Packers Rookie Retires After Brain Injury
Traumatic brain injuries have ended countless careers in professional athletics before they began, but few of these injured athletes were forced to make the decision right as their dreams were coming true.
Adrian Coxson was an undrafted free agent rookie from Stony Brook signed with the Green Bay Packers in May and was preparing for his shot at the big time, but instead he found himself being carted off the Packers’ practice field in early August with a brain injury that would put an end to all of his plans.
It was only the third day of training camp in his rookie season when Coxson suffered a Grade 3 concussion that would make him decide to retire before more severe damage was done.
“I’m retiring because I’m still having symptoms and my health is more important to me than the game of football,” Coxson said in a telephone interview with the National Football Post. “It’s been recommended to me by two neurologists and two doctors to retire from football. The next hit to my head could possibly kill me or be life damaging. This last one could be life damaging. It has taken a great toll on me. This concussion was a bad one. A Grade 3 concussion is real serious.”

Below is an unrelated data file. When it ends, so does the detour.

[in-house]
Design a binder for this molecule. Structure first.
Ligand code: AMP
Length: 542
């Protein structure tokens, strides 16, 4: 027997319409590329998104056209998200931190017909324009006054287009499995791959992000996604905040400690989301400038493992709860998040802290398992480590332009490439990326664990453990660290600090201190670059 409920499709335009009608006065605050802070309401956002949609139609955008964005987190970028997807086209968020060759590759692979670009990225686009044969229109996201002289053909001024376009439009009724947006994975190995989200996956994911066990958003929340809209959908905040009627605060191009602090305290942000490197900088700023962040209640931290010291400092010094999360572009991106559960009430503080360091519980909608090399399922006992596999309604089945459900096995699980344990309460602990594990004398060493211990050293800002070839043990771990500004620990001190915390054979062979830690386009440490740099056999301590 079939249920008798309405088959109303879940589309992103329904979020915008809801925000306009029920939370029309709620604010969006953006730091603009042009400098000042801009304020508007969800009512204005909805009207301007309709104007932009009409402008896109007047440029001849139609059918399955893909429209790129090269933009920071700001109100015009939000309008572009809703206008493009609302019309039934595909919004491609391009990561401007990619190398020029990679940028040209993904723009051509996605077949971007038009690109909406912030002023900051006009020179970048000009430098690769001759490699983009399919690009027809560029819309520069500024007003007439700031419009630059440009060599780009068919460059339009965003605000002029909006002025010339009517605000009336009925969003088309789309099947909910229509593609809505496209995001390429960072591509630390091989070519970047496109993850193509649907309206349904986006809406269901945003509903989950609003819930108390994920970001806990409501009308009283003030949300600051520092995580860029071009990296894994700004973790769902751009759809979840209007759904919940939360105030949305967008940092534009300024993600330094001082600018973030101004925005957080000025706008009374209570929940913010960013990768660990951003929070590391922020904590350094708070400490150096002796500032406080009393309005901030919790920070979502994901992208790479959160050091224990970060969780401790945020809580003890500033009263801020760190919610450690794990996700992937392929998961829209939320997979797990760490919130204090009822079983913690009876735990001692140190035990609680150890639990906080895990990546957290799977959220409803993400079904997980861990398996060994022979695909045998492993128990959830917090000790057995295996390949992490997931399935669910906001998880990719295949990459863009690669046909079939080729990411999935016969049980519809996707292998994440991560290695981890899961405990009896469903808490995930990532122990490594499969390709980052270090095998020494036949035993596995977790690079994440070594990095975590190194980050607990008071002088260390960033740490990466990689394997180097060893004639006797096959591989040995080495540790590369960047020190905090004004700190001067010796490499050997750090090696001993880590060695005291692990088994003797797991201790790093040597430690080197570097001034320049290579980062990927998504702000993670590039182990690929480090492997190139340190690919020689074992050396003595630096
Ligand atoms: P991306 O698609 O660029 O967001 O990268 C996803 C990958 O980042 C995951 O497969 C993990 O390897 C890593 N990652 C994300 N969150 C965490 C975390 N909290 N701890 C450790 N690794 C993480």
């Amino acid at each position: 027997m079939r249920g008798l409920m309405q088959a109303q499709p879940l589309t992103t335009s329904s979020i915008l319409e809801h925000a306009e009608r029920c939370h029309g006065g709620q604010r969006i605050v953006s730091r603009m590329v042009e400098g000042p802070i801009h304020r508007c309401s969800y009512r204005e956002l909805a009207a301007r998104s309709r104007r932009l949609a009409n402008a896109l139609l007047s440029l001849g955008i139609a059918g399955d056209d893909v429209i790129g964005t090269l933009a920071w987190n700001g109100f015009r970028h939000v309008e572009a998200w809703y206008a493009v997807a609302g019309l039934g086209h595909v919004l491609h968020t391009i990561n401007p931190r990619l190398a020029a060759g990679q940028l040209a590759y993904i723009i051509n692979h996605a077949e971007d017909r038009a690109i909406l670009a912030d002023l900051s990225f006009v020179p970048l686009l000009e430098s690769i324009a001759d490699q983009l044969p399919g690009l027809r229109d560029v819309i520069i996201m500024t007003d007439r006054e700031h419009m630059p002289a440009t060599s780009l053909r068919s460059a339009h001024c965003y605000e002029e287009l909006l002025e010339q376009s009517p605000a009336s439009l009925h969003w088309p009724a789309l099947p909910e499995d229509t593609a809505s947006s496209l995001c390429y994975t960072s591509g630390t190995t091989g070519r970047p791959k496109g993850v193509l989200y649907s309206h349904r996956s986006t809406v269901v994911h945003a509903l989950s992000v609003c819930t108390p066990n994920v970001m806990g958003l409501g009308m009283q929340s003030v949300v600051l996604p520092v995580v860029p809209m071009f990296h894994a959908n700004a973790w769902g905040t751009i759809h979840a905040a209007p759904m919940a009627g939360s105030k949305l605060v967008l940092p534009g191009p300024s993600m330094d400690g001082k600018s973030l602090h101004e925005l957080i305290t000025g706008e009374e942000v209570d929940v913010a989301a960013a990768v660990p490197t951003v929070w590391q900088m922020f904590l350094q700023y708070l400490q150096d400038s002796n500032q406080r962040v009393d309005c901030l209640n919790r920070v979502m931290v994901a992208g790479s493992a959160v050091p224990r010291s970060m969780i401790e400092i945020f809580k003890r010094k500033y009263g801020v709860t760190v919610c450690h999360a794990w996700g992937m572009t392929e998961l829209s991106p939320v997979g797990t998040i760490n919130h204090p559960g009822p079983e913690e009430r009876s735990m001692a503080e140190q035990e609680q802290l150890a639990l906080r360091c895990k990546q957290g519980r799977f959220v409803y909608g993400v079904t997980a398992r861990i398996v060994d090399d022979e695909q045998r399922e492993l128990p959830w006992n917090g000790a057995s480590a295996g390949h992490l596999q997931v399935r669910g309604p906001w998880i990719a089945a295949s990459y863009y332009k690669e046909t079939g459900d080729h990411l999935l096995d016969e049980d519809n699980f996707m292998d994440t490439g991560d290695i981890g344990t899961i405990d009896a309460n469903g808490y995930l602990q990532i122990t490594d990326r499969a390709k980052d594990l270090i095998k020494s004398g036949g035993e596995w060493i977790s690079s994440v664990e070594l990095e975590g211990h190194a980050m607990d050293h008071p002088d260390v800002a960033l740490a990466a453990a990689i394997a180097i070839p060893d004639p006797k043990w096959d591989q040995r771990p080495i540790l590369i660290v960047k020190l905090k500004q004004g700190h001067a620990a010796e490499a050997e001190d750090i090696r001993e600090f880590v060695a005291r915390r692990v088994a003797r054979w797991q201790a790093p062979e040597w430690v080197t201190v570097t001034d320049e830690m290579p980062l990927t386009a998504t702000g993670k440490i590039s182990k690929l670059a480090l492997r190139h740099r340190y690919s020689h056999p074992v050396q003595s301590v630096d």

Coxson was released by the Packers on Aug. 17, citing “failure to disclose physical condition, but Jonathan Herbst, Coxson’s agent, told ESPN.com that the claim had been disputed and the parties reached an injury settlement.
“I think he’s making the right decision,” Herbst told ESPN on Monday. “His health is more important than football.”
Coxson told the National Football Post that he has no regrets.
“I take pride in that, I take pride in being able to function right now from this injury,” he said. “I’m concerned about my health and I’m concerned about how healthy I am and I want to get to as close to 100 percent as I can get. I’m concerned about the outcome of this whole injury. It was a bad one.”
It’s always up to the athlete to decide whether the reward is worth the risk from brain injuries, but incidents like Coxson’s are not uncommon and it is important to know when the risk becomes too great.
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